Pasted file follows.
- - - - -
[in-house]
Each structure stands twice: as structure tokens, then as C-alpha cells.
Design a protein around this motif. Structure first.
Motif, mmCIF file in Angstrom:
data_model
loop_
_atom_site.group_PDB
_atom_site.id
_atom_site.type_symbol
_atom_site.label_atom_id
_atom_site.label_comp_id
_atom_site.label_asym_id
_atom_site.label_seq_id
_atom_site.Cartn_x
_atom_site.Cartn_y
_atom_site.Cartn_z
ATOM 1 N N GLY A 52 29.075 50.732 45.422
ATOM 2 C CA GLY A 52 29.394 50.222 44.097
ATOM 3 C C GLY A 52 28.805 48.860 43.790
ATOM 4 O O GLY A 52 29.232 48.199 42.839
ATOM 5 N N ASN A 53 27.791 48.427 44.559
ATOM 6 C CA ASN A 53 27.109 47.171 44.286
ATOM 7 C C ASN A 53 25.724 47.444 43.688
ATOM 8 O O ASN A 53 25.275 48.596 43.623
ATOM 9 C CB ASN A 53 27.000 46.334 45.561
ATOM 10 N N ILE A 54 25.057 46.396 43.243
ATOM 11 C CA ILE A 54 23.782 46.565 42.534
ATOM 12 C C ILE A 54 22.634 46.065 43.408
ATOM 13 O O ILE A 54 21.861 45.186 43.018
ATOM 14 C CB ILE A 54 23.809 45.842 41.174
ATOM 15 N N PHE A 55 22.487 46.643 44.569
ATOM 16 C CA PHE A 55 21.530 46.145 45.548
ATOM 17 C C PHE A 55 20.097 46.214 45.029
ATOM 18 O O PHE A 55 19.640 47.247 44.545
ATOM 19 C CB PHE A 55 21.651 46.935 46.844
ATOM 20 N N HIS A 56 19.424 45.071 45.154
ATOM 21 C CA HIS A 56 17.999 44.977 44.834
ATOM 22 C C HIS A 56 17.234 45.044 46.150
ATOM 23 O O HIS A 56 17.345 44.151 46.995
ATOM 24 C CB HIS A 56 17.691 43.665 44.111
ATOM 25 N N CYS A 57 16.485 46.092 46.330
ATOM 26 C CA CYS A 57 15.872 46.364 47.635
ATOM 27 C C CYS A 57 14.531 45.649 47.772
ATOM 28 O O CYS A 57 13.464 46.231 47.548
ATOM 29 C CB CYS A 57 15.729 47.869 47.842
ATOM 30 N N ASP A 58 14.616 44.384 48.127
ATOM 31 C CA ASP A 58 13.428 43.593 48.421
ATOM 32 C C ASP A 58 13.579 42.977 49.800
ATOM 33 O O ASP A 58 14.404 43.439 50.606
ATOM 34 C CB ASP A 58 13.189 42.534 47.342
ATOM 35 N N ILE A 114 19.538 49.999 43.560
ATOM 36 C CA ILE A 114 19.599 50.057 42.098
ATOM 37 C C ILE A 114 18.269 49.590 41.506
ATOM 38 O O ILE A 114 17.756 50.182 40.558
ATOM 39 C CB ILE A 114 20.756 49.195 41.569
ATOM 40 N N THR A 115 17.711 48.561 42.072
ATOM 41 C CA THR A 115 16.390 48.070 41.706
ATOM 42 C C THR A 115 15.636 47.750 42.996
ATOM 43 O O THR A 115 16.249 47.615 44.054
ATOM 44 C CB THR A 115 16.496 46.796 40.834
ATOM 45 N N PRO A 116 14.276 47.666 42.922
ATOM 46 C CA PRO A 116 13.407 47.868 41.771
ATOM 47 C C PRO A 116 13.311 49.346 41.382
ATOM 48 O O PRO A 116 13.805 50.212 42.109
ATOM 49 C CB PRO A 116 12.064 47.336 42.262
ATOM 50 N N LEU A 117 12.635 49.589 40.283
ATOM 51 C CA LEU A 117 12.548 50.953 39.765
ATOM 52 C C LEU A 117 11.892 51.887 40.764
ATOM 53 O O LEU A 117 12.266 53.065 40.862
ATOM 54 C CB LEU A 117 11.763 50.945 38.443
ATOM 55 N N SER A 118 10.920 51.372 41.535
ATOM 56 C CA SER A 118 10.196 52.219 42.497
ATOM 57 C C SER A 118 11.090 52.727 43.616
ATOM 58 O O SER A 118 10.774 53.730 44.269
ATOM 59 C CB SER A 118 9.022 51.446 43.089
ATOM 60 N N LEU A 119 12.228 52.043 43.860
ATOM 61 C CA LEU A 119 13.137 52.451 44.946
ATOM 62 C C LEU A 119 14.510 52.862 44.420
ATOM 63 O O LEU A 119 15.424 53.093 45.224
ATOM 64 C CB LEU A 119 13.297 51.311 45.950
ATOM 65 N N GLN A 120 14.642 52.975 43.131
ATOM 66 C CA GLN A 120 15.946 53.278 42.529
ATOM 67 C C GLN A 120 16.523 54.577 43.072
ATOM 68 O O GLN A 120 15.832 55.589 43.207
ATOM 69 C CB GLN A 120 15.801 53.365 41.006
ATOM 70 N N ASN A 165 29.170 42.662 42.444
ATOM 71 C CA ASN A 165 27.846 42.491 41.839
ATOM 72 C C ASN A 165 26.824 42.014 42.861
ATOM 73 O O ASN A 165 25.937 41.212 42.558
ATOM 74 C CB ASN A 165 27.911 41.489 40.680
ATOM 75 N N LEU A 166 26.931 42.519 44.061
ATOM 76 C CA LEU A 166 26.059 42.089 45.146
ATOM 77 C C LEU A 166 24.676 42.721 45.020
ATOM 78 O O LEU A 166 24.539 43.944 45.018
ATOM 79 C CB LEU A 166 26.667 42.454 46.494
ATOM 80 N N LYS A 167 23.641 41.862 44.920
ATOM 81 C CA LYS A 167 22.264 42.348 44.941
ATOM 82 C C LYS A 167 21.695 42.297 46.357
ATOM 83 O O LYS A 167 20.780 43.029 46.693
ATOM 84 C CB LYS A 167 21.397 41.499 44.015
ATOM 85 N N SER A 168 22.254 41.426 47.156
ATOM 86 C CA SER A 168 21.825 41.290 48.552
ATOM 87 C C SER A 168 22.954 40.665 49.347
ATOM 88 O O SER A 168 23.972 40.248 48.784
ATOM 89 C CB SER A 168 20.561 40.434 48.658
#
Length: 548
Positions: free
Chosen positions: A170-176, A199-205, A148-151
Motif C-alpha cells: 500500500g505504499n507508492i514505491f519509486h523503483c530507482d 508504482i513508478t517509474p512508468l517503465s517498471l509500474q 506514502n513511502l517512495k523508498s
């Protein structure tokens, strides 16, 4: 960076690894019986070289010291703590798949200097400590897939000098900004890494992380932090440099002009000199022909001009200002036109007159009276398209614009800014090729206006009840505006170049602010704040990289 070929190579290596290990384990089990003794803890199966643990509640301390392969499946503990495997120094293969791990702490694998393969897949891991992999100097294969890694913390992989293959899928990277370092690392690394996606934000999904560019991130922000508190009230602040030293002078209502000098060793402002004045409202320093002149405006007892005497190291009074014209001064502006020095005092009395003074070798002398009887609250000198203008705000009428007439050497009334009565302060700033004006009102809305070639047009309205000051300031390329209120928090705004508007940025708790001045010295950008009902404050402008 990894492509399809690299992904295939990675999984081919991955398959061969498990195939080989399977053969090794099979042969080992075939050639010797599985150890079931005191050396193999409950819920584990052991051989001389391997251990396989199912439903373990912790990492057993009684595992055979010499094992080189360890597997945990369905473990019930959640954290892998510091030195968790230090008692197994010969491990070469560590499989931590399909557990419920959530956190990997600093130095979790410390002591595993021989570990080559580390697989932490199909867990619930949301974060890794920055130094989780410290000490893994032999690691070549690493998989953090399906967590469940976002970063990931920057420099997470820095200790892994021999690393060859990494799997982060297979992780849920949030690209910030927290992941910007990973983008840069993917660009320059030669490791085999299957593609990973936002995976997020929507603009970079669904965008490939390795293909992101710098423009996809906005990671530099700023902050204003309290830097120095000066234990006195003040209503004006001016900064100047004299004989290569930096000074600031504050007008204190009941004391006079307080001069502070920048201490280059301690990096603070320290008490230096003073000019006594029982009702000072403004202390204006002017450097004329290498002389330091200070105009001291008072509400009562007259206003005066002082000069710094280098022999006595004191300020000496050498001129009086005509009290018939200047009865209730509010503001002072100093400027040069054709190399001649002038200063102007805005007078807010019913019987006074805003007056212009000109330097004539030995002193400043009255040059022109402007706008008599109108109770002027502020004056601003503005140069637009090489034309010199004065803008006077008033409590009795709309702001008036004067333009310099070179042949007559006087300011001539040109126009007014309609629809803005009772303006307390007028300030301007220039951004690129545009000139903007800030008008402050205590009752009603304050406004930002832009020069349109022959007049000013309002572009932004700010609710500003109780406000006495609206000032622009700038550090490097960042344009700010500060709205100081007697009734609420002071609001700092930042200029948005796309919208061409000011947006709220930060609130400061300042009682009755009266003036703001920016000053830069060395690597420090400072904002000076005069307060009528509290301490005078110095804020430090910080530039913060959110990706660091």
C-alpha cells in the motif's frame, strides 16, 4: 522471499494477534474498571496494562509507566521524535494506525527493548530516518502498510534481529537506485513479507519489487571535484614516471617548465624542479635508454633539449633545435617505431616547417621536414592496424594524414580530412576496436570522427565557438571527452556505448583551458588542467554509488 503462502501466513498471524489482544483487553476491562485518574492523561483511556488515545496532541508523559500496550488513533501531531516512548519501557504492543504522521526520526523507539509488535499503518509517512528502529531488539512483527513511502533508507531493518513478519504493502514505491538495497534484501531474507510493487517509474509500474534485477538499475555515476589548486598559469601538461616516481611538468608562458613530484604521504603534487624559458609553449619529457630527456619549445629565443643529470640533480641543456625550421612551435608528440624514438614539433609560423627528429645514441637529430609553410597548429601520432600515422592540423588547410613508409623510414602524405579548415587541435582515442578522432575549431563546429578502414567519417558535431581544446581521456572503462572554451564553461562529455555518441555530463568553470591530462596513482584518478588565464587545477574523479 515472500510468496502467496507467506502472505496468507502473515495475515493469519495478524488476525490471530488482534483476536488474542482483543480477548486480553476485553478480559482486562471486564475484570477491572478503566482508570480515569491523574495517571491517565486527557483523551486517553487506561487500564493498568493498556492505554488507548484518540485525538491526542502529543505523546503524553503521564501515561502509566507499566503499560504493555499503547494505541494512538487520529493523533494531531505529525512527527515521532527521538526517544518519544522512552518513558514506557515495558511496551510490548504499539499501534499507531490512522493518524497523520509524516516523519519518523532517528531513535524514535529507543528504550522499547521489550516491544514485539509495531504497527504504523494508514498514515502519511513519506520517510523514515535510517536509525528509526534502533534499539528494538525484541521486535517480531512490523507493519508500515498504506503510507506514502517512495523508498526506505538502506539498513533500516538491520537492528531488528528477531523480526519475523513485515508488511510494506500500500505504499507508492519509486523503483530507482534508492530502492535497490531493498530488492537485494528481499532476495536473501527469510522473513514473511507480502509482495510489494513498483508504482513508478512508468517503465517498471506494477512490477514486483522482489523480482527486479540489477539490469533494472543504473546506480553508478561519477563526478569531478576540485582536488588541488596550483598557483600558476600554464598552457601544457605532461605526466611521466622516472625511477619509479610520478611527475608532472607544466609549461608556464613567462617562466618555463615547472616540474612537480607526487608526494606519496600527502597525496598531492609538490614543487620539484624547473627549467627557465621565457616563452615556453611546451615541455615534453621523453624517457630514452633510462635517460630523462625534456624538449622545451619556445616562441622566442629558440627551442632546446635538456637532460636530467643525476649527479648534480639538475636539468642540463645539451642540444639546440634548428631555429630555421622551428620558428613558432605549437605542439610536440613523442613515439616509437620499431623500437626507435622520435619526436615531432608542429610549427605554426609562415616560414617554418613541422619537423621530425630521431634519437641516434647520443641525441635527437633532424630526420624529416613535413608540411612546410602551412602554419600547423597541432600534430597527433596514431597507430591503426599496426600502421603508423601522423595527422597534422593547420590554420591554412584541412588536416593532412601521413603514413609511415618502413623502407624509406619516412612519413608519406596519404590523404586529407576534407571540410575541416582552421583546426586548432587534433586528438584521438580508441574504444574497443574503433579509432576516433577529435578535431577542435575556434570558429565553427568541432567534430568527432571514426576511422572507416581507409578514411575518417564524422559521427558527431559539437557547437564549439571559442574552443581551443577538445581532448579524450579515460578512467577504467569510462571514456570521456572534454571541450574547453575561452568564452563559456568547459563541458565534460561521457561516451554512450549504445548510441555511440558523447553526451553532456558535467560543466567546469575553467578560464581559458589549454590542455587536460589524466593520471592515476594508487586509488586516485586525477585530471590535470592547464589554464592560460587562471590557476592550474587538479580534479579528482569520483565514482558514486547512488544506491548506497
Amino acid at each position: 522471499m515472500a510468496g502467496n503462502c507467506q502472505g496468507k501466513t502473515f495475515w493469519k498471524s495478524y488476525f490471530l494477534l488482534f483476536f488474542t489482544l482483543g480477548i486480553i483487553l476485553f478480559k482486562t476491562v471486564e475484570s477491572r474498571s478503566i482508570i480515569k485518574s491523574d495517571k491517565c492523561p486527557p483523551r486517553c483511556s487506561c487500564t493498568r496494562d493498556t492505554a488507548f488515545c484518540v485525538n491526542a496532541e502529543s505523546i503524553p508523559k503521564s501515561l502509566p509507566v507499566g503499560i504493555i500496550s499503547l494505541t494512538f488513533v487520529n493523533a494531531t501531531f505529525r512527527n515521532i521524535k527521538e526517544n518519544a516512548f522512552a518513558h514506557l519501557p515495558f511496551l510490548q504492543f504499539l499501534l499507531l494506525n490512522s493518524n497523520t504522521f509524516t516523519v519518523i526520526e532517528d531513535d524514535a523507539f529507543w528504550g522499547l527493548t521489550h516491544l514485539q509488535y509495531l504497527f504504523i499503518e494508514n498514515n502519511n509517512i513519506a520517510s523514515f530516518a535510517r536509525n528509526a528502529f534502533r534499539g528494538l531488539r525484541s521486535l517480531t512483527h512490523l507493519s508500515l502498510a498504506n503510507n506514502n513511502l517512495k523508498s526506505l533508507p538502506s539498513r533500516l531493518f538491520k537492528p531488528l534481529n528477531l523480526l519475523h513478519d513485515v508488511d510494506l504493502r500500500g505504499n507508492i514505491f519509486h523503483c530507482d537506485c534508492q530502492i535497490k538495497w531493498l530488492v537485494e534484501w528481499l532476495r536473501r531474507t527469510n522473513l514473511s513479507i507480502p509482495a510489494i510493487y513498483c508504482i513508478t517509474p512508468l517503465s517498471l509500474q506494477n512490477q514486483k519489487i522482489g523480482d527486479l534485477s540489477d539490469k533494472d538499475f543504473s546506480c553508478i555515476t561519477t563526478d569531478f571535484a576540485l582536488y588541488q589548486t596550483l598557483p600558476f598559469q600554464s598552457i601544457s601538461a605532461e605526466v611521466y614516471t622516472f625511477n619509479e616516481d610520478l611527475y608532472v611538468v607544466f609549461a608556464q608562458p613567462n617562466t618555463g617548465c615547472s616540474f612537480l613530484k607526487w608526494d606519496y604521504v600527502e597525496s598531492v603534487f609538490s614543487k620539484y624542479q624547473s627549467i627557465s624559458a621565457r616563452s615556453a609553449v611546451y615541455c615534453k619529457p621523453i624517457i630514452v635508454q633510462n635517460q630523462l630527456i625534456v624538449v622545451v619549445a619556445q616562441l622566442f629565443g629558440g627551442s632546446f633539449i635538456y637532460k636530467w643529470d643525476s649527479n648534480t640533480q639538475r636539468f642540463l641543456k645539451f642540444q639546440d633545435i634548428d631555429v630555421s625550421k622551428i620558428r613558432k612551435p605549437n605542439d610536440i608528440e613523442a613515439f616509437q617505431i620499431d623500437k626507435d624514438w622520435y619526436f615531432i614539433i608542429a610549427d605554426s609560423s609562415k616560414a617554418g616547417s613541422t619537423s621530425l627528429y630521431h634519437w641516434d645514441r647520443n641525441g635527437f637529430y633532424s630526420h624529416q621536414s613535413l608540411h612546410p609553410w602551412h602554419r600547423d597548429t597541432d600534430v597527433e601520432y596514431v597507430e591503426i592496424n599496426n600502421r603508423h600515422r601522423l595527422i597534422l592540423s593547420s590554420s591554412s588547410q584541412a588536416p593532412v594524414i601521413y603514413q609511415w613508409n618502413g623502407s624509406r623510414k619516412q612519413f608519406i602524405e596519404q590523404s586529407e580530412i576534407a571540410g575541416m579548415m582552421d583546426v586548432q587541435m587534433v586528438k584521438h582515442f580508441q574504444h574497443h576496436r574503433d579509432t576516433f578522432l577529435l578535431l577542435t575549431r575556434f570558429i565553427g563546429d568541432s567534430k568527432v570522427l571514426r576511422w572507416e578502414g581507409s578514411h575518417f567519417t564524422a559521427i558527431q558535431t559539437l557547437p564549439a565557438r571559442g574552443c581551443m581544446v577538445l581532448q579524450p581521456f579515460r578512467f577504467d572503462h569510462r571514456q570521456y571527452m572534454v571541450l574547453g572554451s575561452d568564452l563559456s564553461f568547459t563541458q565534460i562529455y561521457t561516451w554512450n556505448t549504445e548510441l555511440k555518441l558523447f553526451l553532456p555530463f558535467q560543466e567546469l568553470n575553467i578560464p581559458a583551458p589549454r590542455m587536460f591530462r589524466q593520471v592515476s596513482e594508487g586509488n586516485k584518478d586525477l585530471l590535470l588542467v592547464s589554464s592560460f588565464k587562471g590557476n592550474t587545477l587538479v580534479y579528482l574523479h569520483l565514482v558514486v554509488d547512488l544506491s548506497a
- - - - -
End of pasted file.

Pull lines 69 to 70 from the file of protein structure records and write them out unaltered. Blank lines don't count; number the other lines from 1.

ATOM 53 O O LEU A 117 12.266 53.065 40.862
ATOM 54 C CB LEU A 117 11.763 50.945 38.443